Update 2/25/2016: The new UI has changed the way this process would look (putting the users & roles under the “More” menu on the Deployment page), but the idea is the same. Feel free to open a ticket or chat us with any questions you may have about this.
A question we are asked a lot is how to create a user that can tail the oplog using Cloud Manager Automation. This is a feature needed by Meteor users if they want to use MongoDB authentication to protect their database servers. Here’s how:
- Head to your Authorization & Roles page
- Create a new role (I called mine “oplogger”) that has permissions to read the local database
- Once you save this role, you can go to your “Authentication & Users” tab:
- Then you can create a user with the “oplogger” role (and any other roles you may want) and save it with a password you know
- Push your changes via “Review & Deploy” and then “Confirm & Deploy”
Once you configure your Meteor installation (
MONGO_OPLOG_URL) to connect with the new credentials, your app should work as expected, providing you live tracking of changes.
Securing MongoDB Part 3: Database Auditing and Encryption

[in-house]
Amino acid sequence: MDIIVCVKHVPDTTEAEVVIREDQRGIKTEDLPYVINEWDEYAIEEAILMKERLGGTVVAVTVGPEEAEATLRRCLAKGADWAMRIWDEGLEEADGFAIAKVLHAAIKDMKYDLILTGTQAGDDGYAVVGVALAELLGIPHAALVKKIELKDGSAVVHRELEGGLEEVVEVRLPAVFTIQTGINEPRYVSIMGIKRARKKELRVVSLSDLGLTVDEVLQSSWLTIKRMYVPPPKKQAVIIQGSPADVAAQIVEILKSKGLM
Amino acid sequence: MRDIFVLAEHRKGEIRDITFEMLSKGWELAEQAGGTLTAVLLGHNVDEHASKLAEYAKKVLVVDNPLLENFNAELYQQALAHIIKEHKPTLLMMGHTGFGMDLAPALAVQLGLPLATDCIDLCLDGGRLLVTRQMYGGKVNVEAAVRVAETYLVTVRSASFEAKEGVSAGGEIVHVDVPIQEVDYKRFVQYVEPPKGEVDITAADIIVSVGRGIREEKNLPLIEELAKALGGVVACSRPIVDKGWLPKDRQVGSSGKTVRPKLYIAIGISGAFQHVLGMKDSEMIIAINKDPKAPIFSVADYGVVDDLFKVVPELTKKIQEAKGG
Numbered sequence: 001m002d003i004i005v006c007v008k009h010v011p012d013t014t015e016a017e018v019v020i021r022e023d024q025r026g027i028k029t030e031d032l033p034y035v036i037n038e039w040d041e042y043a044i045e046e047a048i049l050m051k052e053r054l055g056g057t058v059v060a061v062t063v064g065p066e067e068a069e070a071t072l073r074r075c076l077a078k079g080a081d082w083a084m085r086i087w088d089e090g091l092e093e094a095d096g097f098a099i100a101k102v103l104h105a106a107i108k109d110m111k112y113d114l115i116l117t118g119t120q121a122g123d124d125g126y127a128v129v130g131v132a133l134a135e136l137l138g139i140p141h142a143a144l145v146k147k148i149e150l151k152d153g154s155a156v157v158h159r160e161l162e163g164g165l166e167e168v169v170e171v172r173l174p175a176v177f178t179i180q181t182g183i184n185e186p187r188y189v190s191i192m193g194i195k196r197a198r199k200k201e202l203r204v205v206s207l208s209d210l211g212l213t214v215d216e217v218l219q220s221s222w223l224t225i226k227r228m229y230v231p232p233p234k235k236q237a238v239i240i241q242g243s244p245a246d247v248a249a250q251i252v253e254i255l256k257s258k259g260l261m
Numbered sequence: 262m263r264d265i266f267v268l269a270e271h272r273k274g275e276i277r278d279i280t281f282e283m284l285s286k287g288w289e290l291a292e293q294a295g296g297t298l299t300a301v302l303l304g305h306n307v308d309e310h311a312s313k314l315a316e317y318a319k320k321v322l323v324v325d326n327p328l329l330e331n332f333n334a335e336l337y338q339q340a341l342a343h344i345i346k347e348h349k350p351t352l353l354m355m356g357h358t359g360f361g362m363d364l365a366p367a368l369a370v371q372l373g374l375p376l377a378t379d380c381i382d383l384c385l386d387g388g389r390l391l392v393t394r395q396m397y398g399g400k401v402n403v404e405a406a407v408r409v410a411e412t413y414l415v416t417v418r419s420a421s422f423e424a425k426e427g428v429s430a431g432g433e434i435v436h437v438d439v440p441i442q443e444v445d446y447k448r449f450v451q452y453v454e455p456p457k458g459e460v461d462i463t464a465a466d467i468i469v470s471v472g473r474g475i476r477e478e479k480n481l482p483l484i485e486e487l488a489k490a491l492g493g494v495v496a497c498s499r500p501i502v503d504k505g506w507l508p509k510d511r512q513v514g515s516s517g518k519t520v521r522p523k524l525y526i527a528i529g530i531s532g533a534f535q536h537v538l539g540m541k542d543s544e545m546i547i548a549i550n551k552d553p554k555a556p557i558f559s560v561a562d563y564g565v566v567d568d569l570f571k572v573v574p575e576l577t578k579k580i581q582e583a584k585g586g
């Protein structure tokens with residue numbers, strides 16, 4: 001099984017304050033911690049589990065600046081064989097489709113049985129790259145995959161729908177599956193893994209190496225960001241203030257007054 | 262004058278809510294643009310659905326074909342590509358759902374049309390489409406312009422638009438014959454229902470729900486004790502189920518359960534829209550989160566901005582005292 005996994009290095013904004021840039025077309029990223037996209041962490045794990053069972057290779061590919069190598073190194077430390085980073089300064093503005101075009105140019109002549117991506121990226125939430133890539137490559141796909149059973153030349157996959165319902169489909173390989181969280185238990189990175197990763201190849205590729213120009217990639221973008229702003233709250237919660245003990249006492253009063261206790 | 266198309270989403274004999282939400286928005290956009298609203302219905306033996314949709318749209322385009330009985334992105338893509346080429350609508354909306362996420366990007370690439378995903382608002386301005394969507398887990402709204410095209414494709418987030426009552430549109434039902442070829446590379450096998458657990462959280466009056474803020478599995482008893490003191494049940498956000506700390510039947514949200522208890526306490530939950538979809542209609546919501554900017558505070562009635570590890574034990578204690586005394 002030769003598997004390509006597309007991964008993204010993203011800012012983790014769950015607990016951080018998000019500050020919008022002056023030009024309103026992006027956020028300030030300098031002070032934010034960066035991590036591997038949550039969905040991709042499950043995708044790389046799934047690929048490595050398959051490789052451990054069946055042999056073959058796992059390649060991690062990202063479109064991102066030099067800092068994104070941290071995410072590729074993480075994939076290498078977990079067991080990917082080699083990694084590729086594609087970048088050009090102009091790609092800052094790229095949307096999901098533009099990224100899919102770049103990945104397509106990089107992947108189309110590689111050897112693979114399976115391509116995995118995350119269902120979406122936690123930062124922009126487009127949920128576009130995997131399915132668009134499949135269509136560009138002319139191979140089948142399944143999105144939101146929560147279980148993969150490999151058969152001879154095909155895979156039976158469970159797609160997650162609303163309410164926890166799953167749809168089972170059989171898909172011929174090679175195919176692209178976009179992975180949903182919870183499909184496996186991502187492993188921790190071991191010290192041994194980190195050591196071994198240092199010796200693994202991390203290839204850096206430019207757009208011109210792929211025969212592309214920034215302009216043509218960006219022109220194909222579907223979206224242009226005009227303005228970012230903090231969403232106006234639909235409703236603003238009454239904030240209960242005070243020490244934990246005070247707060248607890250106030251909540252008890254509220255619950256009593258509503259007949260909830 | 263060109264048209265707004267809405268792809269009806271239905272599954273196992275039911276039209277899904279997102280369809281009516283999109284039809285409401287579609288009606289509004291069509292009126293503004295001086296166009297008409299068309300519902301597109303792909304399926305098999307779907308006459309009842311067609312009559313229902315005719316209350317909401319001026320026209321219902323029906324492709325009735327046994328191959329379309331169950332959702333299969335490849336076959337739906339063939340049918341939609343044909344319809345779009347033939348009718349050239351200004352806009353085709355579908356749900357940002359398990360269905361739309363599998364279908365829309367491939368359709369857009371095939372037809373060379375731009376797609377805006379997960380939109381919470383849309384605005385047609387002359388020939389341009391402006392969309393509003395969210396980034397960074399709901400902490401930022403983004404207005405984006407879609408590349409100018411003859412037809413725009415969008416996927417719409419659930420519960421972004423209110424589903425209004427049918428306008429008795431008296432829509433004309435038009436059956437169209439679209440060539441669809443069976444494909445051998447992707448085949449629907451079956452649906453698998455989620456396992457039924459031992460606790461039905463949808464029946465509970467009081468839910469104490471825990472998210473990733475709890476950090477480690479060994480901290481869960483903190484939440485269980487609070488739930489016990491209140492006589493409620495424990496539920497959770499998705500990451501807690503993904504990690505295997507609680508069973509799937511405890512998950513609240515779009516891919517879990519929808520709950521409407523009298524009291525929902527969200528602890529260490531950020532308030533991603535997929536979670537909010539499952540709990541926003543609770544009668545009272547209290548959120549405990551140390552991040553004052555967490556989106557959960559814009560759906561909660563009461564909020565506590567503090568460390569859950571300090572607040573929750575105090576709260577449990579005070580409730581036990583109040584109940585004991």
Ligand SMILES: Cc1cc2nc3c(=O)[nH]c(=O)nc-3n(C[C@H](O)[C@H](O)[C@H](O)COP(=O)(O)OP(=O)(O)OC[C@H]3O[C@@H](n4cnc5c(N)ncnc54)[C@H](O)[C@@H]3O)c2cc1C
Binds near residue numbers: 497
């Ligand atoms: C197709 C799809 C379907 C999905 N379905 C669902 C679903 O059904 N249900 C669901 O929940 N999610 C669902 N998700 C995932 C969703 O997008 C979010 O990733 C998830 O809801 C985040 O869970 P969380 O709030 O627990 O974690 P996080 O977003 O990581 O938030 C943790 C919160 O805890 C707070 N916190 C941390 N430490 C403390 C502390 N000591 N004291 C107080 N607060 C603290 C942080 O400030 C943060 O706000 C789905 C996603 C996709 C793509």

Welcome back to our 4-part blog series presenting the best practices and controls available in MongoDB to help you create a secure, compliant database platform. In this installment, we’ll be discussing database auditing and encryption. As a quick recap, in part 1 , we took a look at the general requirements for data security and regulatory compliance, and then in part 2 , reviewed MongoDB access control enforcing authentication and authorization. In part 4 , we’ll wrap up with environmental control and management. If you want to get a head-start and learn about all of these topics in one installment, just go ahead and download the MongoDB Security Architecture guide . MongoDB Auditing The auditing framework provided as part of MongoDB Enterprise Advanced logs all access and actions executed against the database. The auditing framework captures administrative actions (DDL) such as schema operations as well as authentication and authorization activities, along with read and write (DML) operations to the database. Administrators can construct and filter audit trails for any operation against MongoDB, whether DML, DCL or DDL without having to rely on third party tools. For example, it is possible to log and audit the identities of users who retrieved specific documents, and any changes made to the database during their session. **Figure 1**: MongoDB Maintains an Audit Trail of Administrative Actions Against the Database Administrators can configure MongoDB to log all actions or apply filters to capture only specific events, users or roles. The audit log can be written to multiple destinations in a variety of formats including to the console and syslog (in JSON format), and to a file (JSON or BSON), which can then be loaded to MongoDB and analyzed to identify relevant events. MongoDB Enterprise Advanced also supports role-based auditing. It is possible to log and report activities by specific role, such as userAdmin or dbAdmin – coupled with any inherited roles each user has – rather than having to extract activity for each individual administrator. Auditing adds performance overhead to a MongoDB system. The amount is dependent on several factors including which events are logged and where the audit log is maintained, such as on an external storage device and the audit log format. Users should consider the specific needs of their application for auditing and their performance goals in order to determine their optimal configuration. Learn more from the MongoDB auditing documentation . MongoDB Encryption Administrators can encrypt MongoDB data in motion over the network and at rest in permanent storage. Network Encryption Support for SSL/TLS allows clients to connect to MongoDB over an encrypted channel. Clients are defined as any entity capable of connecting to the MongoDB server, including: Users and administrators Applications MongoDB tools (e.g., mongodump, mongorestore, mongotop) Nodes that make up a MongoDB cluster, such as replica set members, query routers and config servers. It is possible to mix SSL/TLS with non-SSL/TLS connections on the same port, which can be useful when applying finer grained encryption controls for internal and external traffic, as well as avoiding downtime when upgrading a MongoDB cluster to support SSL. The TLS protocol is also supported with x.509 certificates. MongoDB Enterprise Advanced supports FIPS 140-2 encryption if run in FIPS Mode with a FIPS validated Cryptographic module. The mongod and mongos processes should be configured with the "sslFIPSMode" setting In addition, these processes should be deployed on systems with an OpenSSL library configured with the FIPS 140-2 module. The MongoDB documentation includes a tutorial for configuring TLS/SSL connections . Disk Encryption There are multiple ways to encrypt data at rest with MongoDB. Encryption can implemented at the application level, or via external filesystem and disk encryption solutions. By introducing additional technology into the stack, both of these approaches can add cost and complexity. With the introduction of the Encrypted storage engine in MongoDB 3.2 , protection of data at-rest becomes an integral feature of the database. By natively encrypting database files on disk, administrators eliminate both the management and performance overhead of external encryption mechanisms. This new storage engine provides an additional level of defense, allowing only those staff with the appropriate database credentials access to encrypted data. **Figure 2:** End to End Encryption – Data In-Flight and Data At-Rest Using the Encrypted storage engine, the raw database content, referred to as plaintext, is encrypted using an algorithm that takes a random encryption key as input and generates ciphertext that can only be read if decrypted with the decryption key. The process is entirely transparent to the application. MongoDB supports a variety of encryption schema, with AES-256 (256 bit encryption) in CBC mode being the default. AES-256 in GCM mode is also supported. The encryption schema can be configured for FIPS 140-2 compliance. The storage engine encrypts each database with a separate key. The key-wrapping scheme in MongoDB wraps all of the individual internal database keys with one external master key for each server. The Encrypted storage engine supports two key management options – in both cases, the only key being managed outside of MongoDB is the master key: Local key management via a keyfile. Integration with a third party key management appliance via the KMIP protocol (recommended). Most regulatory requirements mandate that the encryption keys must be rotated and replaced with a new key at least once annually. MongoDB can achieve key rotation without incurring downtime by performing rolling restarts of the replica set. When using a KMIP appliance, the database files themselves do not need to be re-encrypted, thereby avoiding the significant performance overhead imposed by key rotation in other databases. Only the master key is rotated, and the internal database keystore is re-encrypted. The Encrypted storage engine is designed for operational efficiency and performance: Compatible with WiredTiger’s document level concurrency control and compression. Support for Intel’s AES-NI equipped CPUs for acceleration of the encryption/decryption process. As documents are modified, only updated storage blocks need to be encrypted, rather than the entire database. Based on user testing, the Encrypted storage engine minimizes performance overhead to around 15% (this can vary, based on data types being encrypted), which can be much less than the observed overhead imposed by some filesystem encryption solutions. The Encrypted storage engine is based on WiredTiger and available as part of MongoDB Enterprise Advanced. Refer to the documentation to learn more, and see a tutorial on how to configure the storage engine. MongoDB Atlas Encryption As discussed in Part 2 of the Securing MongoDB blog series, MongoDB Atlas is a database as a service for MongoDB, providing all of the features of the database, without the operational heavy lifting required for any application. MongoDB Atlas has been engineered to deliver robust encryption controls. Data managed by the MongoDB Atlas service can be encrypted on the network and on disk. Support for TLS/SSL allows clients to connect to MongoDB over an encrypted channel. All data transfers across the cluster are also encrypted. Data at rest can be protected using encrypted data volumes. Note that this uses the cloud provider’s native volume encryption solution, rather than the MongoDB encrypted storage engine. Review the MongoDB Atlas documentation for more information on configuring the in-built security controls. Getting Started with MongoDB Security With comprehensive controls for user rights management, auditing and encryption, coupled with management controls, MongoDB can meet the best practice and requirements discussed in this blog series. MongoDB Enterprise Advanced is the certified and supported production release of MongoDB, with advanced security features, including Kerberos and LDAP authentication, encryption of data at-rest, FIPS-compliance, and maintenance of audit logs. These capabilities extend MongoDB’s security framework, which includes Role-Based Access Control, PKI certificates, Field-Level Redaction, and SSL/TLS data transport encryption. In the final part of this blog post series, we will dive into environmental control and database management. You can learn about all of these capabilities now by reading the MongoDB Security Architecture guide. If you want to try them for yourself, [download MongoDB Enterprise](https://www.mongodb.com/download-center?#enterprise), free of charge for evaluation and development. MongoDB security architecture About the Author - Mat Keep Mat is a director within the MongoDB product marketing team, responsible for building the vision, positioning and content for MongoDB’s products and services, including the analysis of market trends and customer requirements. Prior to MongoDB, Mat was director of product management at Oracle Corp. with responsibility for the MySQL database in web, telecoms, cloud and big data workloads. This followed a series of sales, business development and analyst / programmer positions with both technology vendors and end-user companies.